Sunday, November 09, 2008
The gulf between us
“All proof inevitably leads to propositions which have no proof. All things are known because we want to believe in them.”
—Bene Gesserit Azhar Book (Dune)
Last night, I had one of Those Conversations. I had run into the professor for an ethics class that I took a couple years ago, and we talked for a bit and my atheism came up. He’s a Christian, and he was interested in why I had changed my mind.
So we went to a coffee shop, and had the Conversation. It followed the script that it usually does when I talk with a Christian about why I no longer believe: We lay out our respective cases, argue back and forth, make concessions, agree on points, disagree on others. Then we reach a point where, while we agree on almost all the relevant facts, we still come to wildly different conclusions.
We had, I thought, a lot in common in our worldviews. He accepted common descent because of the evidence for it, as do I. He doubts dualism (surprising for a Christian, in my opinion), as do I. He finds the idea of someone suffering forever in hell simply for being born in the wrong time or place intolerable, as do I.
It came down to this: He had had a religious experience which made him think that God is real, and since then, he had not seen any evidence that would force him off of that position. He is more than willing to use science, reason and tradition to reinterpret the Bible and take the fire-and-brimstone edge off of it. He resolves many of the problems I have with Christianity simply by disagreeing with the doctrine in question.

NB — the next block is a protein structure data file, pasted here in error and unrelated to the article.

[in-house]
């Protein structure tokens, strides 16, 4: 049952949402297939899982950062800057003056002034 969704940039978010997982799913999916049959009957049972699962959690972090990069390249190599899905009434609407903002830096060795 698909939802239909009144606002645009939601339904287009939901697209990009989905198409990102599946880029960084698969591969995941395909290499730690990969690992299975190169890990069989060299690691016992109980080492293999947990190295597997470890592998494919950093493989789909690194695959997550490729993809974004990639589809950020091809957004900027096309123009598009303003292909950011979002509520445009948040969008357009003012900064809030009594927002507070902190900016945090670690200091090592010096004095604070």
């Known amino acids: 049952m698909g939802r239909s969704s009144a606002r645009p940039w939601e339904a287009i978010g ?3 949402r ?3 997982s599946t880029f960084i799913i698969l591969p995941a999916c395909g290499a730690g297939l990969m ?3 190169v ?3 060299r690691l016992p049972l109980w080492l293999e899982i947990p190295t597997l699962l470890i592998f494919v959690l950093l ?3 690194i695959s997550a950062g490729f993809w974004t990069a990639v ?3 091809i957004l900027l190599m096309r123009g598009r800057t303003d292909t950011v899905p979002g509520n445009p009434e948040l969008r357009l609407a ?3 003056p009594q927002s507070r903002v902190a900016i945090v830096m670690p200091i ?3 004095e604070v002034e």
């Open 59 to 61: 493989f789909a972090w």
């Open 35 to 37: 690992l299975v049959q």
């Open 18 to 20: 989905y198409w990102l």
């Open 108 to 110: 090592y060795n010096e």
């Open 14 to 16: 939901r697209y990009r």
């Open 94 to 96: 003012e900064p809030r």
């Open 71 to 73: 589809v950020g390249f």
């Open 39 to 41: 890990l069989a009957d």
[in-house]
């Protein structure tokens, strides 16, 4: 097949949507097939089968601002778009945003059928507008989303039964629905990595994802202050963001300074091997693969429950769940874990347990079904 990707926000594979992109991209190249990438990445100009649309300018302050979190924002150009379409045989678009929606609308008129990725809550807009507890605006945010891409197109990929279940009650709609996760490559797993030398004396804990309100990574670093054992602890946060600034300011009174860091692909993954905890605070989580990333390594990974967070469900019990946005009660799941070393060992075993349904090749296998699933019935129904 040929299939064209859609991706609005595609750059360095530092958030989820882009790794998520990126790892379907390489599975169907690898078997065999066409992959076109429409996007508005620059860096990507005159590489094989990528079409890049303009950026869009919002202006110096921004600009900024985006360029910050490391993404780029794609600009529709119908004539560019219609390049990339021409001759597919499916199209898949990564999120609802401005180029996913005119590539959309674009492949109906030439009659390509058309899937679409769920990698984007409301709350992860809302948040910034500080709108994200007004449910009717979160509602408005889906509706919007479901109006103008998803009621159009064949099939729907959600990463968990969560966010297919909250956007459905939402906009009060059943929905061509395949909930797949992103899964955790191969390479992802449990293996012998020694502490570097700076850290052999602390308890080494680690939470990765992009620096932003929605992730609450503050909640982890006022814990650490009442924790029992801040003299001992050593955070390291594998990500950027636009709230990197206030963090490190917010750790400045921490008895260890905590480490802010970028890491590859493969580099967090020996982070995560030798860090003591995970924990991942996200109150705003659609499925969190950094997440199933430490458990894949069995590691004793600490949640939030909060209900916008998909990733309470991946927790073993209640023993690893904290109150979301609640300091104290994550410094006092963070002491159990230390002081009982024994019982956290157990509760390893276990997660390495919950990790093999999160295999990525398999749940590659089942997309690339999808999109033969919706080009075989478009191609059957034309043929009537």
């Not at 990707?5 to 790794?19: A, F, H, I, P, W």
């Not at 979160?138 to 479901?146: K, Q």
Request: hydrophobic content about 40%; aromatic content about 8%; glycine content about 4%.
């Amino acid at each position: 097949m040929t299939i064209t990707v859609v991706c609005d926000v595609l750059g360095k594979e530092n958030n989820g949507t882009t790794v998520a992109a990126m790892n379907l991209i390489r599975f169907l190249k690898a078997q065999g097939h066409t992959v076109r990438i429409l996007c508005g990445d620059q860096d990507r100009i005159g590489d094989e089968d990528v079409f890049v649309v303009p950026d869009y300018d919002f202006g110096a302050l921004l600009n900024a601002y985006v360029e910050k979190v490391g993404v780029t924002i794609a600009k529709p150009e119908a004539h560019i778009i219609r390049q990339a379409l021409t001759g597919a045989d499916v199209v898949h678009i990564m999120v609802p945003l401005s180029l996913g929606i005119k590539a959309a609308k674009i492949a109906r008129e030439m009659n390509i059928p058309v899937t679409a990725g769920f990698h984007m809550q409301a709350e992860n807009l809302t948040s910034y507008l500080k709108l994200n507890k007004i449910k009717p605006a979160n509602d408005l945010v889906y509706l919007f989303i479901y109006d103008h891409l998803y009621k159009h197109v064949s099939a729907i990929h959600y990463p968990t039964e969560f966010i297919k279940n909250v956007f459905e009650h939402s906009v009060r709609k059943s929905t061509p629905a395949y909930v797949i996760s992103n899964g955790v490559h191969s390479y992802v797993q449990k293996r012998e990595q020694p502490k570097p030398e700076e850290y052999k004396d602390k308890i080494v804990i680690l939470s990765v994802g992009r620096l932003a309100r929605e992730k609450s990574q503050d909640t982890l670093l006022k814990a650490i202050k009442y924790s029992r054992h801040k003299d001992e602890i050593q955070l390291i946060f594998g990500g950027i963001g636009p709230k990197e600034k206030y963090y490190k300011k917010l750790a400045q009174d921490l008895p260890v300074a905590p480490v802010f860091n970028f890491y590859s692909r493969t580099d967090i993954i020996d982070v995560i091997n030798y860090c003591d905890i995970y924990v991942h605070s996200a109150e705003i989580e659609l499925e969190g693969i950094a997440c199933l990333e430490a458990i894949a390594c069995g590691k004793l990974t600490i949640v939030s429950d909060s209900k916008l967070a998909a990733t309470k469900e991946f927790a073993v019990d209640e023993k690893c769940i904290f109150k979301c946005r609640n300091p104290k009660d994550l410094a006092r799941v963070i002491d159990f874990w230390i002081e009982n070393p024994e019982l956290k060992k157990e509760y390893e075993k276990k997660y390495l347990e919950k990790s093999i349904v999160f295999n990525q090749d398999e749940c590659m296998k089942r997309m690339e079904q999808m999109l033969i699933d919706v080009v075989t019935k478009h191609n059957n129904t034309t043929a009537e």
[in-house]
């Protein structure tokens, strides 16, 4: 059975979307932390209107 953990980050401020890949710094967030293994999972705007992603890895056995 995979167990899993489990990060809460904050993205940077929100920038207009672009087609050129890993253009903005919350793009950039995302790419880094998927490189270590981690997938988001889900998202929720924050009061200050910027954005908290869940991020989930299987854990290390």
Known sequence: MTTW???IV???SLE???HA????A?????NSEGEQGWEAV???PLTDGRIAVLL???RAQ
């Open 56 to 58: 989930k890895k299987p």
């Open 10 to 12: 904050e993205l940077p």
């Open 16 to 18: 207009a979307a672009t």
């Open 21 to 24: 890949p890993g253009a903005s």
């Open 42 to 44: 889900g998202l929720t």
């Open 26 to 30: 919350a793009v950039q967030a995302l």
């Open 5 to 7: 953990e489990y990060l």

And then there’s me. I’m not willing to do any of that. I see no point. Isn’t it, [I think to myself] obvious that the reason the old testament is filled with atrocities and genocides is because it’s just another book, written by men? Isn’t it obvious that the reason the doctrine of hell exists is because fear is powerful motivator, and religions which exploit that will be more successful than those that do not? Isn’t it obvious that moderate religion is just the projecting of the morals of modernity onto ancient books by picking and choosing which passages should be literal, and which should be metaphor?
But it’s not obvious. Not to him.
I am, it seems, essentially a fundamentalist. I see no point in half-measures, no point in trying to dress up a flawed and brutal document as the words of a benevolent god.
He is a liberal. He is willing to reinterpret, to use the findings of science and modernity to come to a different understanding of the Bible.
How can this gulf between us be bridged? How can our discourse ever rise about the level of each of us saying to the other “It’s obvious to me that you are wrong.”? How can we ever move beyond shouting to each other across a chasm, separated by presuppositions that we are apparently unwilling to reconsider? What evidence or argument, if any, could be brought to bear to make me change my interpretive framework? To make him change his?
My own view is not nearly as bleak and postmodern as the opening quote. I think that there are criteria than can be applied to standards of evidence. (For instance, if your standard of evidence leads you to a contradiction, it’s wrong.) But it’s very difficult to “step outside” your own beliefs to examine them. Think of the conspiracy nut who says that all contradictory evidence is obviously part of the conspiracy.
In the end, all I can do is strive to keep an open mind, try to honestly consider arguments and evidence, and seek to understand why someone else holds a different view then I do rather blindly dismissing or demonizing them.
I hope it’s enough.